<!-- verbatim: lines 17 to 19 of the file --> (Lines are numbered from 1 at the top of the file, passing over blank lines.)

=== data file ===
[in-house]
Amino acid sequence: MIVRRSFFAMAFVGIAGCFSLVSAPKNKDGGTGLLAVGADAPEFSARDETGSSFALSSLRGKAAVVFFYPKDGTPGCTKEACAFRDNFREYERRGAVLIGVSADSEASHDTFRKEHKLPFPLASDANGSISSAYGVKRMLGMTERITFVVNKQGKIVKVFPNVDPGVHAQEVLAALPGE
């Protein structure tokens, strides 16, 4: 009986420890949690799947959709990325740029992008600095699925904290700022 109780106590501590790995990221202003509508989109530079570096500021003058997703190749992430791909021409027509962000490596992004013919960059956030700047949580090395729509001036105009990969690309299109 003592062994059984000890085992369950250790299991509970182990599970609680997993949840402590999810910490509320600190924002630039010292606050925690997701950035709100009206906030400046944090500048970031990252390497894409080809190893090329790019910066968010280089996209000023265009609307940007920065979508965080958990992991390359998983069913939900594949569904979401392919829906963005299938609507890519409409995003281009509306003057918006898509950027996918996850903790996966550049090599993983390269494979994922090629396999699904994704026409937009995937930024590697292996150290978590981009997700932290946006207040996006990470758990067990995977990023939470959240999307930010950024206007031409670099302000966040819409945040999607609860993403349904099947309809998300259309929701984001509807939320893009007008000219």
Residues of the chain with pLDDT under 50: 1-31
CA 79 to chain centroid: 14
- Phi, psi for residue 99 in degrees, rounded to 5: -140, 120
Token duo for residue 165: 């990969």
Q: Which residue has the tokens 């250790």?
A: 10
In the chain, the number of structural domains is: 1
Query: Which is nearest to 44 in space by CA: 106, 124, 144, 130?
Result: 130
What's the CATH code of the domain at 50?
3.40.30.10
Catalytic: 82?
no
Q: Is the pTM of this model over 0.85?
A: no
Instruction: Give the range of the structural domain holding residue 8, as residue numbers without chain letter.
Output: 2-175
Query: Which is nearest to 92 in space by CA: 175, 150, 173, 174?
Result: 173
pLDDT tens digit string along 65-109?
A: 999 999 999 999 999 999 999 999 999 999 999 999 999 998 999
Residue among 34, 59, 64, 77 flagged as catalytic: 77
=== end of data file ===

Q: Is the pTM of this model over 0.85?
A: no
Instruction: Give the range of the structural domain holding residue 8, as residue numbers without chain letter.